Meeting of the Minds: Ada Lovelace Award winner discusses the interface between HPC systems and users
Computer scientist Sarah Neuwirth, recently appointed professor at Johannes Gutenberg University Mainz and head of the “High Performance Computing and its Applications” Group, received the Ada Lovelace Award for HPC at the PASC23 conference. Neuwirth presented her work in a keynote address, including her goals and aspirations. Coming from classical computer science, Neuwirth’s specialisation today is performance engineering. She aspires to close the gap between expectations and actual peak performance of modern, highly complex supercomputers. Through reproducible benchmarks, optimisations, and analyses of large HPC workloads, Neuwirth uses a holistic approach and seeks better collaboration with users. In this interview, she explains her vision in more detail.
Interview: Simone Ulmer
What drives you as a performance engineer?
Sarah Neuwirth: My expertise is in basic computer science, where you deal with how hardware or an operating system have to function in order for computers to work. During my PhD, I was fortunate enough to complete two research stays at the Oak Ridge National Laboratory in the USA, where I worked closely with users for the first time. The fascinating thing I discovered was that most scientists who are very deep in their subject matter completely lack perspective on the systems they utilise.
And you want to change that.
SN: To really run superlative problems on the big HPC systems, you need a certain foundation and should know how to parallelise your code. At the same time, you don’t want to overload the researchers with this information. Filling this gap is exactly what excites me — how do I get the systems to operate in an energy-efficient and optimal way without burdening the users? That’s why I ended up in system optimisation and performance engineering, exactly at the interface between these two worlds. The topic of reproducible benchmarking is also important to me, because benchmarking is often used as “benchmark marketing” instead of really providing information about systems. As I said, I originally came from a purely optimisation background, but at some point, I realised that it doesn’t make much sense to optimise only the access to the files when the access for large systems runs over the network, which in turn is optimised by another research community with completely different parameters. That’s why I ended up with holistic performance engineering. I am convinced that there are synergy effects.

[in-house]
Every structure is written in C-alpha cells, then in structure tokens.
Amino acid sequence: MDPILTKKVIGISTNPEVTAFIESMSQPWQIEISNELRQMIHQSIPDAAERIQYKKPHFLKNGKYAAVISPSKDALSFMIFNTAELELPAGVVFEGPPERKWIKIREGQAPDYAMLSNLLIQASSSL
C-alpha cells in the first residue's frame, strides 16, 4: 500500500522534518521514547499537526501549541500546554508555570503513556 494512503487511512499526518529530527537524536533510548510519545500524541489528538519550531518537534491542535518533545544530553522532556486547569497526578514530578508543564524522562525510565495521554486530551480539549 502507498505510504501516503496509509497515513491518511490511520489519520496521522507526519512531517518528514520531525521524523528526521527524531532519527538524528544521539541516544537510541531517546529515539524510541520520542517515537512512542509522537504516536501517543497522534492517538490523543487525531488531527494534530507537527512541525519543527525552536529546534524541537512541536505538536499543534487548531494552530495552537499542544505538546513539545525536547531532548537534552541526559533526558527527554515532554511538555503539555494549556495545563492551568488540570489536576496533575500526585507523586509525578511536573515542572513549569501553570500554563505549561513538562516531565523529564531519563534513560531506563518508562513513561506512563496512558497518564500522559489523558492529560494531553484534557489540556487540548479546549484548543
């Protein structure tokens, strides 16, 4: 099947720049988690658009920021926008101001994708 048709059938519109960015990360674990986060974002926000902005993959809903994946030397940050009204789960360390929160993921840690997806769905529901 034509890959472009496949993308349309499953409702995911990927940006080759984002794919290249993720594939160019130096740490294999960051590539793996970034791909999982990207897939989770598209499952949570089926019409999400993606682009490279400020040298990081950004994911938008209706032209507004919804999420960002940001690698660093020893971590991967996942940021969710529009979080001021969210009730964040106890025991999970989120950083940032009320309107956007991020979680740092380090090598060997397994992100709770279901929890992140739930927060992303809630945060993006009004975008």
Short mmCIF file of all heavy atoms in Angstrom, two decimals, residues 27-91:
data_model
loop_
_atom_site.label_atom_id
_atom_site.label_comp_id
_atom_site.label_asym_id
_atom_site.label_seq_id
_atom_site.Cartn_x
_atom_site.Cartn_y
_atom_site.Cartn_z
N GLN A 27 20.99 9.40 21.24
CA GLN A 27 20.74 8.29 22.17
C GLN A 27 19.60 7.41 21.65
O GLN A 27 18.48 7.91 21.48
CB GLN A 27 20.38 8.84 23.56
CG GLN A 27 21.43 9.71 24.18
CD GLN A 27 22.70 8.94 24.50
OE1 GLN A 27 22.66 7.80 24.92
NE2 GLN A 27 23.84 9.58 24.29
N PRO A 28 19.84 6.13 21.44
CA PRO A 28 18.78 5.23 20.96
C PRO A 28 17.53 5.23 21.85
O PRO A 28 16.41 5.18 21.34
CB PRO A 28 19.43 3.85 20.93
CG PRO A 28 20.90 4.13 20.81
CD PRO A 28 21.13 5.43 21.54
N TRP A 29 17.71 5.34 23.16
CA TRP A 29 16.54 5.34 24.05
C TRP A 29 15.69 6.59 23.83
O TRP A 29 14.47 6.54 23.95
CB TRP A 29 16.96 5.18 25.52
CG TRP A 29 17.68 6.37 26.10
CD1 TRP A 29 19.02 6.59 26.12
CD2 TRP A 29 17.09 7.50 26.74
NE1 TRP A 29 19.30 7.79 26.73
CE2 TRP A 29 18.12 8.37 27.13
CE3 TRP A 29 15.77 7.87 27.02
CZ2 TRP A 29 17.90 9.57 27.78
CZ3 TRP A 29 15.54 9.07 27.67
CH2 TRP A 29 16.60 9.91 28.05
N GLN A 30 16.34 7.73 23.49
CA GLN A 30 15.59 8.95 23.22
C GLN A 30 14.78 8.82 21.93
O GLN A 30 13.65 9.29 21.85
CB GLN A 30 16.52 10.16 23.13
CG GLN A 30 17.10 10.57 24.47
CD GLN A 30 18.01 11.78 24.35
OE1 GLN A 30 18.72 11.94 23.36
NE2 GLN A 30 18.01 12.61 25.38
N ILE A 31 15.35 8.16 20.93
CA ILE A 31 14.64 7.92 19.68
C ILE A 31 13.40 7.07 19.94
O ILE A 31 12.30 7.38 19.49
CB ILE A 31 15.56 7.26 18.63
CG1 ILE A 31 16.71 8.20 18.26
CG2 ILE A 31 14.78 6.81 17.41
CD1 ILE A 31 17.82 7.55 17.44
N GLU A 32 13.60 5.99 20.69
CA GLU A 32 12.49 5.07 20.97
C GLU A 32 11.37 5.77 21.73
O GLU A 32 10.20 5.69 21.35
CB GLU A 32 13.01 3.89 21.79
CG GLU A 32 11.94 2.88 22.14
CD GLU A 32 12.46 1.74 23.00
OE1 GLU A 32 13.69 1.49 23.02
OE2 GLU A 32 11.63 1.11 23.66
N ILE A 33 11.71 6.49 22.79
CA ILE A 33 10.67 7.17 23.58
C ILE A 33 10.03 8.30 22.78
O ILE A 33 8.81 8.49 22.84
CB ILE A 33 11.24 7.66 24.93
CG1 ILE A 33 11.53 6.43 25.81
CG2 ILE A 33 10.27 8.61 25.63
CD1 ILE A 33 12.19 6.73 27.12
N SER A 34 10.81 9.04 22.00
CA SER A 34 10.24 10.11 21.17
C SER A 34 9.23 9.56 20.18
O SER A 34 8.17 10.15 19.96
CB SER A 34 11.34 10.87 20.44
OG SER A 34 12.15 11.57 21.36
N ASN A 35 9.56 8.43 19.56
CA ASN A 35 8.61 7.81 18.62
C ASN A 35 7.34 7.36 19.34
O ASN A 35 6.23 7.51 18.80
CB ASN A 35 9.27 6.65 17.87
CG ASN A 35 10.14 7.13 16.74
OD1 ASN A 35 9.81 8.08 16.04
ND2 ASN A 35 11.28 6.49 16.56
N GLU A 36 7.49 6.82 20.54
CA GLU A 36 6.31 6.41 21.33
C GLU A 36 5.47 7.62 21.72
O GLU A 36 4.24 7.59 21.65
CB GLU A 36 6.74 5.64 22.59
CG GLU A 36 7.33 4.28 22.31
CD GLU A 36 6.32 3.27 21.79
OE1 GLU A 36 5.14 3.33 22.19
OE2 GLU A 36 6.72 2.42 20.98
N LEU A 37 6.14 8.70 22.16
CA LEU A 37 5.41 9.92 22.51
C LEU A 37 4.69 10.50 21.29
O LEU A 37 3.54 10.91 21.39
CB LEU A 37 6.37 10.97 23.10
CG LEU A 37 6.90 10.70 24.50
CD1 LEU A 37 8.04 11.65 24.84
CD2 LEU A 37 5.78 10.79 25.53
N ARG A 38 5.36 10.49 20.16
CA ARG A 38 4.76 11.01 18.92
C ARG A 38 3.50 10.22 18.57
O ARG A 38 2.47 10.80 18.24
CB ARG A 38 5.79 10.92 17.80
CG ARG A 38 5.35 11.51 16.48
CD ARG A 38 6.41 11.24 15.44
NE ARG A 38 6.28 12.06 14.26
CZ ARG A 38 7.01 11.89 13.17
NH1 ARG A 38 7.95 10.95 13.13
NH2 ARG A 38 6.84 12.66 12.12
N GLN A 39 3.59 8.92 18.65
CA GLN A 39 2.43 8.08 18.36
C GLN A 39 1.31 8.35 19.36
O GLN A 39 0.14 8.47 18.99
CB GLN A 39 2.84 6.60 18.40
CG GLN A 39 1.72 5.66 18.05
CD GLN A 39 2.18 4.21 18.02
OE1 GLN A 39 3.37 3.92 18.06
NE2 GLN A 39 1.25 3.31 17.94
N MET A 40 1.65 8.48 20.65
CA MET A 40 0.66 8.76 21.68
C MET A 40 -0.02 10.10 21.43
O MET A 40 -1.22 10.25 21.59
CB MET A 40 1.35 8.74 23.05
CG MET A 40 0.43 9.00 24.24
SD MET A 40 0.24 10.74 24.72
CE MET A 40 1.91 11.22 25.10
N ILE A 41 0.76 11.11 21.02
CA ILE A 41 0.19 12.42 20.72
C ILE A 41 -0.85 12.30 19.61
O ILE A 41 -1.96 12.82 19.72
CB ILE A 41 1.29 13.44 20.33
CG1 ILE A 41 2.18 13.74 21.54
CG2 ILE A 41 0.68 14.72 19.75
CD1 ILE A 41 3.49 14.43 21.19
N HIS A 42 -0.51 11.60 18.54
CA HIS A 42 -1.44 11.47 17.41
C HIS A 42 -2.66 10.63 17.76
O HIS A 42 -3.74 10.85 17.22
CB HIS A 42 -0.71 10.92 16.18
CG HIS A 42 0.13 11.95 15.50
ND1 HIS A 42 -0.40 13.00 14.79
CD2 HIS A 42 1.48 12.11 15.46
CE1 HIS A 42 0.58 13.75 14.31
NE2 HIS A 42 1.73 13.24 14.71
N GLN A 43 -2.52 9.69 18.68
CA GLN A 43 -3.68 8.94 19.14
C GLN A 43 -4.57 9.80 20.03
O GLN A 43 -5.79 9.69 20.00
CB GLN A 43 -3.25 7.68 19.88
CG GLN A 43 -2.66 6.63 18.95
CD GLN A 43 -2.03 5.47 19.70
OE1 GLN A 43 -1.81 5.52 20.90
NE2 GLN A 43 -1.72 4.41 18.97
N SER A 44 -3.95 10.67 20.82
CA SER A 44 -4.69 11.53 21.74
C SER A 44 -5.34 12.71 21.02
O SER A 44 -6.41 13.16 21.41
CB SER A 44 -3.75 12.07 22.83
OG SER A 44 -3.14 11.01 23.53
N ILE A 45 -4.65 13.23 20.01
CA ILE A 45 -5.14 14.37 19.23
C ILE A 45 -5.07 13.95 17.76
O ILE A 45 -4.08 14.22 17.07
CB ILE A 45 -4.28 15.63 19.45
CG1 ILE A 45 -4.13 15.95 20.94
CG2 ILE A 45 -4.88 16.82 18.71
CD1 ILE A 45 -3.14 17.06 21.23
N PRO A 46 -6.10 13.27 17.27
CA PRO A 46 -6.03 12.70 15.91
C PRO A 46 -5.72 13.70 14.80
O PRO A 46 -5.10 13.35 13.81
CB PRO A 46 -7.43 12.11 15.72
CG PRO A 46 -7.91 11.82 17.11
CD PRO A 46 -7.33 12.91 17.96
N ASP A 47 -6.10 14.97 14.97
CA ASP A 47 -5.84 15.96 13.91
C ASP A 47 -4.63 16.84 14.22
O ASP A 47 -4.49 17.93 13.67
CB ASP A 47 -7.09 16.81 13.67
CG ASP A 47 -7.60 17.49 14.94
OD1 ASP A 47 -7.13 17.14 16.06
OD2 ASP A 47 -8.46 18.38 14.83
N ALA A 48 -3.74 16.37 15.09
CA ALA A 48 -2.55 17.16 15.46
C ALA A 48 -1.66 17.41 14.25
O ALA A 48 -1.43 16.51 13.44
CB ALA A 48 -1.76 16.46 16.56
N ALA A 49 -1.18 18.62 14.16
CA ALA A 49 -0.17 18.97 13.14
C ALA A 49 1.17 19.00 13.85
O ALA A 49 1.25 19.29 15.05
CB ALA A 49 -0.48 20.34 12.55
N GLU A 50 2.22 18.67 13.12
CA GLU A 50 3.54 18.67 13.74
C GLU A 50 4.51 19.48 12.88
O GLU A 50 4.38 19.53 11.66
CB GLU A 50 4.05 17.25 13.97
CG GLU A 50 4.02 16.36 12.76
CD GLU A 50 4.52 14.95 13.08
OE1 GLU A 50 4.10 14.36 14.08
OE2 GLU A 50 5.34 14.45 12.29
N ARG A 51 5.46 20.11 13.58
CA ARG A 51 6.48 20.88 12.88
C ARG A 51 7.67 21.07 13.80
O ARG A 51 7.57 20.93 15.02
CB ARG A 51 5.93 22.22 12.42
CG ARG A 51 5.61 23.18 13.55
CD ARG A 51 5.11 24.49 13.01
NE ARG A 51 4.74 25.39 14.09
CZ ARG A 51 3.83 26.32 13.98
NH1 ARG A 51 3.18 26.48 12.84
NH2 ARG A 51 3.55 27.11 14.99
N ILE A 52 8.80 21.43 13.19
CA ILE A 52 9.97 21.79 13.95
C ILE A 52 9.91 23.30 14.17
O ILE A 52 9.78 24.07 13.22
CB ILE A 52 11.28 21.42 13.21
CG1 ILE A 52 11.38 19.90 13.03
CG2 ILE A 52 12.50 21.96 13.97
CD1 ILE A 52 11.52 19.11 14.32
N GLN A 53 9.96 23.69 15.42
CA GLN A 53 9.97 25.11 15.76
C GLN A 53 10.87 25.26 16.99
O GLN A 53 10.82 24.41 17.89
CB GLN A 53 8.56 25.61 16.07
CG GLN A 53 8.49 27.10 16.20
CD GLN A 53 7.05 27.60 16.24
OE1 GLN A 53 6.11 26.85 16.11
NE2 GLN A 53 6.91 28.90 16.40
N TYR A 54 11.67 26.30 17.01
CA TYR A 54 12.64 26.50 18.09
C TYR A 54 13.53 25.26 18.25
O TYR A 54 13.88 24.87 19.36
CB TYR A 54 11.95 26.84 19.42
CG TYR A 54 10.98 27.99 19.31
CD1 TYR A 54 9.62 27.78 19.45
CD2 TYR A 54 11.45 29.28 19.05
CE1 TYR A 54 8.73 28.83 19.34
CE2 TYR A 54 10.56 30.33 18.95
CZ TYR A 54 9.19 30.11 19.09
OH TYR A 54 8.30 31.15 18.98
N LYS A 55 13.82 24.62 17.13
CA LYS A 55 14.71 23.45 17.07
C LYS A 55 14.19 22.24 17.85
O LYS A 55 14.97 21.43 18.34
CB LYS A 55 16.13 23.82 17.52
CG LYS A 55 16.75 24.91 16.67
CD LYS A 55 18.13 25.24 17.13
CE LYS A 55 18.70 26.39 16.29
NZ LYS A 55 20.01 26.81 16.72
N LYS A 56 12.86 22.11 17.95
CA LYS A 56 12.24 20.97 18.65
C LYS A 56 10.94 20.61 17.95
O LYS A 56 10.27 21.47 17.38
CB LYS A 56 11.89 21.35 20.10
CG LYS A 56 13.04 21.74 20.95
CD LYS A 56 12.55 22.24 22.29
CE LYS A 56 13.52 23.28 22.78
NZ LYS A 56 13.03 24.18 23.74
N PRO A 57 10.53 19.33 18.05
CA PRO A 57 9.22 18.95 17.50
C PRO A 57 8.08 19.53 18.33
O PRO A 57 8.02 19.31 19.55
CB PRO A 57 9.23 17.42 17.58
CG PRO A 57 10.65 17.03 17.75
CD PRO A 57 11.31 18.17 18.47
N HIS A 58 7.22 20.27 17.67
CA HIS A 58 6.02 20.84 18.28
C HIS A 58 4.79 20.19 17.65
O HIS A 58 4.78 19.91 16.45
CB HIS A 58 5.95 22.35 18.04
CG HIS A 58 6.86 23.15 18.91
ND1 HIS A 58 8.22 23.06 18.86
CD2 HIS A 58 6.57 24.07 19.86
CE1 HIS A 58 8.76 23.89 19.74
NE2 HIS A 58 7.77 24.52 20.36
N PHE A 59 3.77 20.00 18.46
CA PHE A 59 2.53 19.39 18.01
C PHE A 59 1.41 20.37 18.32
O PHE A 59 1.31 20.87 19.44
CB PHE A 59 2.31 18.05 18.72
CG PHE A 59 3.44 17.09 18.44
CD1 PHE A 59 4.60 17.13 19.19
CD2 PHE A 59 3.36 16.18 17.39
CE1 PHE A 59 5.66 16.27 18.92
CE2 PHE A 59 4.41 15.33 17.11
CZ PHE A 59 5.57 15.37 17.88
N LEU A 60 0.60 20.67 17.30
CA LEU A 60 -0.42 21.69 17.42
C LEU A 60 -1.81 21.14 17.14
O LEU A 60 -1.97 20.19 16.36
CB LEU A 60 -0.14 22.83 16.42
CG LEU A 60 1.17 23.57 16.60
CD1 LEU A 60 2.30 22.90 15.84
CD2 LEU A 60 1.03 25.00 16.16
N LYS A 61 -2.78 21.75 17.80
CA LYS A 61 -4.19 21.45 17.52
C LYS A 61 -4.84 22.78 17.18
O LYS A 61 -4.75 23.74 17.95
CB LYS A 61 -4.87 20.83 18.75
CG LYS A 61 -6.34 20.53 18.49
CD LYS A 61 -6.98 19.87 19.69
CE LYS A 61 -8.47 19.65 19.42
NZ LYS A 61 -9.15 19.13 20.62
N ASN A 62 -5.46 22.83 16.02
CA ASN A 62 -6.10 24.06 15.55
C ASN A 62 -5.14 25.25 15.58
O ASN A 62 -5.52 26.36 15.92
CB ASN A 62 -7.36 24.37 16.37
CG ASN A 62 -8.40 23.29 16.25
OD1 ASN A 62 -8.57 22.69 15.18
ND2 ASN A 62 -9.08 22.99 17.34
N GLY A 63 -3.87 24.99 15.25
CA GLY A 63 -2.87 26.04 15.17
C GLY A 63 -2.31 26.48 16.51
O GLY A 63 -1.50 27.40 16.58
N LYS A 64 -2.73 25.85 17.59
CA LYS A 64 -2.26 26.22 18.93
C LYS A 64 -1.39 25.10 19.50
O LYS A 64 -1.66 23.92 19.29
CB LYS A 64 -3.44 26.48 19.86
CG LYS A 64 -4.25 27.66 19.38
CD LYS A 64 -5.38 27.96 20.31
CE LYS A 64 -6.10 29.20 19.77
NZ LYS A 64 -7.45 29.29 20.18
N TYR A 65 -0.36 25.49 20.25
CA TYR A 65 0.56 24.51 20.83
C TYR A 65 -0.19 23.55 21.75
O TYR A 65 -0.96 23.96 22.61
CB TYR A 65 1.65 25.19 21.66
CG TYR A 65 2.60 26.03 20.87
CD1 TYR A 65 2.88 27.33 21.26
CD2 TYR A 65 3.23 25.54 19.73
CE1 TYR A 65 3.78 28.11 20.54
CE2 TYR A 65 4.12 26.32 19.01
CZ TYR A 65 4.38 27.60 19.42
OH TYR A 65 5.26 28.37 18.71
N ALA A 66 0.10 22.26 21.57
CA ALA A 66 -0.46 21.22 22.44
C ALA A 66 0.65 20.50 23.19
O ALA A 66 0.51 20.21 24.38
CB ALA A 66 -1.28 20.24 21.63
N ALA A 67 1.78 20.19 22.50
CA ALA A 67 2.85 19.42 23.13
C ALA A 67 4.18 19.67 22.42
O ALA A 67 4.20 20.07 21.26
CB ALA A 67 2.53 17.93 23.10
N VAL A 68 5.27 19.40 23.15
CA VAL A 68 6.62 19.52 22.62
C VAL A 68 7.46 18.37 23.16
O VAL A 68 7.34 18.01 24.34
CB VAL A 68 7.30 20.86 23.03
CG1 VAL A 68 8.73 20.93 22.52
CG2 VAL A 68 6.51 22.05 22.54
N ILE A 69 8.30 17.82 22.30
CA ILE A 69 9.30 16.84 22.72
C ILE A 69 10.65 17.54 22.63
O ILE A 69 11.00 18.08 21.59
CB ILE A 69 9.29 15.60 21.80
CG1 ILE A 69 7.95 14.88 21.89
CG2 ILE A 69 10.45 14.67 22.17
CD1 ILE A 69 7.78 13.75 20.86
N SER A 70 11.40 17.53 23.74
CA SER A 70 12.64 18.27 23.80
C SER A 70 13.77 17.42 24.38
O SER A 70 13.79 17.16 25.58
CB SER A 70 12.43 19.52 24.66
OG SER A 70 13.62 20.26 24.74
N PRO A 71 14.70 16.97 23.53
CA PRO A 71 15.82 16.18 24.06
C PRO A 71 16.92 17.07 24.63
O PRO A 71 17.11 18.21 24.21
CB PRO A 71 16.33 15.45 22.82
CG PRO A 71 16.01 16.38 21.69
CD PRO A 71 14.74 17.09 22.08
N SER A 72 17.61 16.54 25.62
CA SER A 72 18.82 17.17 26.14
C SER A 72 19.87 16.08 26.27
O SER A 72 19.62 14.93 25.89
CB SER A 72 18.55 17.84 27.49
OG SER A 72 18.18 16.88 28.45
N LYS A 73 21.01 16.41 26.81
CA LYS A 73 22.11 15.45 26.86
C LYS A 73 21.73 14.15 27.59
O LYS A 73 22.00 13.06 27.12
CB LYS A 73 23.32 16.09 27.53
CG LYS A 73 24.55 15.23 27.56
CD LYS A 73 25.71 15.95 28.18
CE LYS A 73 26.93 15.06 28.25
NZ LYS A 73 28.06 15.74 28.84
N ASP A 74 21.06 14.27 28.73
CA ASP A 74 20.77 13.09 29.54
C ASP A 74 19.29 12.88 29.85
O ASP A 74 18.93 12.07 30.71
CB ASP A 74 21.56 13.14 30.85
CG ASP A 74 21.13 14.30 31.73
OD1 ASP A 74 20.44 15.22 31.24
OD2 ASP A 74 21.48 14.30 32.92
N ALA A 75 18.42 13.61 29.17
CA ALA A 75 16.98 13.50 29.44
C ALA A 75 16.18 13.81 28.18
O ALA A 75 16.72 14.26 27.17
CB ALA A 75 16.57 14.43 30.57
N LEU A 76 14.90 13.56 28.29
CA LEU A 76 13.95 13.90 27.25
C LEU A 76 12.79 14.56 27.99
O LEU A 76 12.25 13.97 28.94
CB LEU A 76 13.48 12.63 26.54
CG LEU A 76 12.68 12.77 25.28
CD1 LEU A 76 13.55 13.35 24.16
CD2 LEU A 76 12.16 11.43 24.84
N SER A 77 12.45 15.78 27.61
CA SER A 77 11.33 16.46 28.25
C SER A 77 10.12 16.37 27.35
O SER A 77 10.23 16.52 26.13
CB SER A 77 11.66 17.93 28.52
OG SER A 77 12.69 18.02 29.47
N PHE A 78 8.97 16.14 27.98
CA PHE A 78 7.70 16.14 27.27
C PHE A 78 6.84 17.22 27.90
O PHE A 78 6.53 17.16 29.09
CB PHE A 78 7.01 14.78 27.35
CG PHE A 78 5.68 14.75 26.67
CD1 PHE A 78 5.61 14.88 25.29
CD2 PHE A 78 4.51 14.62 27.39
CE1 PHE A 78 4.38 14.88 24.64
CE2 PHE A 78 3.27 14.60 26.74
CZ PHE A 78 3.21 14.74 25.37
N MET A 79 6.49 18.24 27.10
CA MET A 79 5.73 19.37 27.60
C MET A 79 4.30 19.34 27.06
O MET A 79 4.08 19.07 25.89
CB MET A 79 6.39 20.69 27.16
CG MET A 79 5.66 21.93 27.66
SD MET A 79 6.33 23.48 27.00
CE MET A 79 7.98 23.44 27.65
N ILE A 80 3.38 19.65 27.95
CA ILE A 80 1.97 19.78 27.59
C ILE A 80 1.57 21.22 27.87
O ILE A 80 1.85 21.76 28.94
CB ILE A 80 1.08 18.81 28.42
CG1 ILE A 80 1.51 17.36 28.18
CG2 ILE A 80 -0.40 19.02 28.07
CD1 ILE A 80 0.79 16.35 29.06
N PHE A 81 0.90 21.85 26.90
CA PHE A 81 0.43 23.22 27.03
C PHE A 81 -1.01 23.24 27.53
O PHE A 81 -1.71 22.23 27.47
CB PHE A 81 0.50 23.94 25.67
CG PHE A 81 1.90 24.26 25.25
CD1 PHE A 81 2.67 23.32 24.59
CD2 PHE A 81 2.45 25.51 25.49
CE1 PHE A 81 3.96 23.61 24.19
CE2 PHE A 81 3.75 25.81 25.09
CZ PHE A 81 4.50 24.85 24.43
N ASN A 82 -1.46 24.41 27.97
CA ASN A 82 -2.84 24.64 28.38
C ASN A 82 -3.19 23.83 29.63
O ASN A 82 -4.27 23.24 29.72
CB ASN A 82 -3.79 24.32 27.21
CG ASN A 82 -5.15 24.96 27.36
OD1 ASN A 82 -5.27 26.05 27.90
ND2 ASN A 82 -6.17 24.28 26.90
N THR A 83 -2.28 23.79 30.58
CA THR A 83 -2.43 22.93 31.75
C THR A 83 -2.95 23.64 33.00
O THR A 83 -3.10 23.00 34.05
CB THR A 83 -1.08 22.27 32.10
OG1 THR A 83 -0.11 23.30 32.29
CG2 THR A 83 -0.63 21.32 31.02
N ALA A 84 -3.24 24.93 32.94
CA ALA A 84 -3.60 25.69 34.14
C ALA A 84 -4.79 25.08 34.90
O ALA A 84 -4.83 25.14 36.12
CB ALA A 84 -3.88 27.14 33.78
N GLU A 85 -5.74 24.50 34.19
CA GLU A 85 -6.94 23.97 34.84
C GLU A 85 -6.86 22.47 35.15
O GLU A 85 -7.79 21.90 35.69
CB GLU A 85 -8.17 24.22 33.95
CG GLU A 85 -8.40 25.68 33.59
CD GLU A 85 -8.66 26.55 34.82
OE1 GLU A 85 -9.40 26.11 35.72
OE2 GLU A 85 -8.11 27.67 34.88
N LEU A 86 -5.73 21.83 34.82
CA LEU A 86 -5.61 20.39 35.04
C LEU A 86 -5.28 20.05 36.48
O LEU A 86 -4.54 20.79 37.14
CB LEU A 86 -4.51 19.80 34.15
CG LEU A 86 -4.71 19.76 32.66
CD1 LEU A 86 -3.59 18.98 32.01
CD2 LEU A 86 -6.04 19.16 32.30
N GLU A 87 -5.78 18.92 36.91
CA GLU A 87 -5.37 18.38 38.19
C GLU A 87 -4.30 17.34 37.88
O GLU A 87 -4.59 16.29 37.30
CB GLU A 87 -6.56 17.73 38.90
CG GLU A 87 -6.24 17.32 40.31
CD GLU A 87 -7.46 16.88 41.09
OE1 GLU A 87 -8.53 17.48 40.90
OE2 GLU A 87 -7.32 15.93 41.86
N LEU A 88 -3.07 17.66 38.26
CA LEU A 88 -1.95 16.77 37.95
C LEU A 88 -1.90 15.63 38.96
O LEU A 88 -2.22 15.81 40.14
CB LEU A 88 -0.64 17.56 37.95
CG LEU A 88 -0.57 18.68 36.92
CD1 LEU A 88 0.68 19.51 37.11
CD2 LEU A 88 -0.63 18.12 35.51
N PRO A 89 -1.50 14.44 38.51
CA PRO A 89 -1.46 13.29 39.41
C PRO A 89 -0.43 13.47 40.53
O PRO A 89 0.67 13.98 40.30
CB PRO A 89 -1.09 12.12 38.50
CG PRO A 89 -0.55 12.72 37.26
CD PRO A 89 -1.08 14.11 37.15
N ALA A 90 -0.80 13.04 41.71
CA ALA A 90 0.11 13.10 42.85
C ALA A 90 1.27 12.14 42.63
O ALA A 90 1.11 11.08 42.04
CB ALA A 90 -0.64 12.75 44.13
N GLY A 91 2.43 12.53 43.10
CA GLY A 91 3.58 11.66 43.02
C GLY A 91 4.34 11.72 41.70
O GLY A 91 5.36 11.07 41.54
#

For you, performance engineering is a tool for science that makes life easier. What do you get out of it?
SN: I am at the bridge to performance engineering, but also to the design of future HPC systems. This means that I am currently involved in some EU projects in the European consortium, where we are working on new architecture paradigms for which there are no performance engineering options yet. For me, the motivation at this point is, on the one hand, user support and, on the other, how to build, analyse, and evaluate new systems in the future, and in turn operate them in an energy-efficient and sustainable way. This is an exciting question that also opens up a new dimension for performance engineering.
In a way, performance engineering is also a tool for me to advance my own research, be it in the field of HPC architecture or system modelling and simulation. In the future, the term that has existed for a long time in the other sciences, the so-called digital twinning or digital twins, will also play a role for HPC systems. This means that we will try to map exascale HPC systems and then zettascale, etc., through modelling and miniature digital twins in order to be able to make appropriate decisions about resource allocation, job distribution, and even execution of the actual workloads. In my opinion, this is also an important key point in performance engineering that is often neglected.